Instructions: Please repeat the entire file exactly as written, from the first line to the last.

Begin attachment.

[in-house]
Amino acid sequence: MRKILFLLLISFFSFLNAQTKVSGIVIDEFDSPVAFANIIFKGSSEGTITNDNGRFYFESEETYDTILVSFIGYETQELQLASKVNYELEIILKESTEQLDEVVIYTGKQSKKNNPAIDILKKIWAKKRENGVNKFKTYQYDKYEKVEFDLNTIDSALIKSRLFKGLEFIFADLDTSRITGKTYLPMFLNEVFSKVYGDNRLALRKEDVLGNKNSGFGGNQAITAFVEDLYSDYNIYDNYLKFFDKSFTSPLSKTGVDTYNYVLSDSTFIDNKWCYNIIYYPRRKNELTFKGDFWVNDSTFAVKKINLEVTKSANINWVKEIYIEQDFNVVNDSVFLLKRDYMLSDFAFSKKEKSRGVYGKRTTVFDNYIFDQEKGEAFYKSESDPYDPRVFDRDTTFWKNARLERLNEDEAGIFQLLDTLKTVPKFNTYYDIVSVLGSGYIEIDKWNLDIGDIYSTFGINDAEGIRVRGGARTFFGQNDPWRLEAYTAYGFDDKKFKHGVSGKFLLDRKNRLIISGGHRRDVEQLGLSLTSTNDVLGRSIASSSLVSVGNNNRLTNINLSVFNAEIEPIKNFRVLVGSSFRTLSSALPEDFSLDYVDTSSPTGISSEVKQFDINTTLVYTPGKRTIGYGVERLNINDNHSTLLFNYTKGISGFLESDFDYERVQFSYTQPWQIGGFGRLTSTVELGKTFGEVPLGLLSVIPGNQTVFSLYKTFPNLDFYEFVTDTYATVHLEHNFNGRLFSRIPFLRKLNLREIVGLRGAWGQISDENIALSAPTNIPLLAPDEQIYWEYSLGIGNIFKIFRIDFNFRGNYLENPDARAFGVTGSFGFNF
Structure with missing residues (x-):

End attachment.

[in-house]
Amino acid sequence: MRKILFLLLISFFSFLNAQTKVSGIVIDEFDSPVAFANIIFKGSSEGTITNDNGRFYFESEETYDTILVSFIGYETQELQLASKVNYELEIILKESTEQLDEVVIYTGKQSKKNNPAIDILKKIWAKKRENGVNKFKTYQYDKYEKVEFDLNTIDSALIKSRLFKGLEFIFADLDTSRITGKTYLPMFLNEVFSKVYGDNRLALRKEDVLGNKNSGFGGNQAITAFVEDLYSDYNIYDNYLKFFDKSFTSPLSKTGVDTYNYVLSDSTFIDNKWCYNIIYYPRRKNELTFKGDFWVNDSTFAVKKINLEVTKSANINWVKEIYIEQDFNVVNDSVFLLKRDYMLSDFAFSKKEKSRGVYGKRTTVFDNYIFDQEKGEAFYKSESDPYDPRVFDRDTTFWKNARLERLNEDEAGIFQLLDTLKTVPKFNTYYDIVSVLGSGYIEIDKWNLDIGDIYSTFGINDAEGIRVRGGARTFFGQNDPWRLEAYTAYGFDDKKFKHGVSGKFLLDRKNRLIISGGHRRDVEQLGLSLTSTNDVLGRSIASSSLVSVGNNNRLTNINLSVFNAEIEPIKNFRVLVGSSFRTLSSALPEDFSLDYVDTSSPTGISSEVKQFDINTTLVYTPGKRTIGYGVERLNINDNHSTLLFNYTKGISGFLESDFDYERVQFSYTQPWQIGGFGRLTSTVELGKTFGEVPLGLLSVIPGNQTVFSLYKTFPNLDFYEFVTDTYATVHLEHNFNGRLFSRIPFLRKLNLREIVGLRGAWGQISDENIALSAPTNIPLLAPDEQIYWEYSLGIGNIFKIFRIDFNFRGNYLENPDARAFGVTGSFGFNF
Structure with missing residues (x-):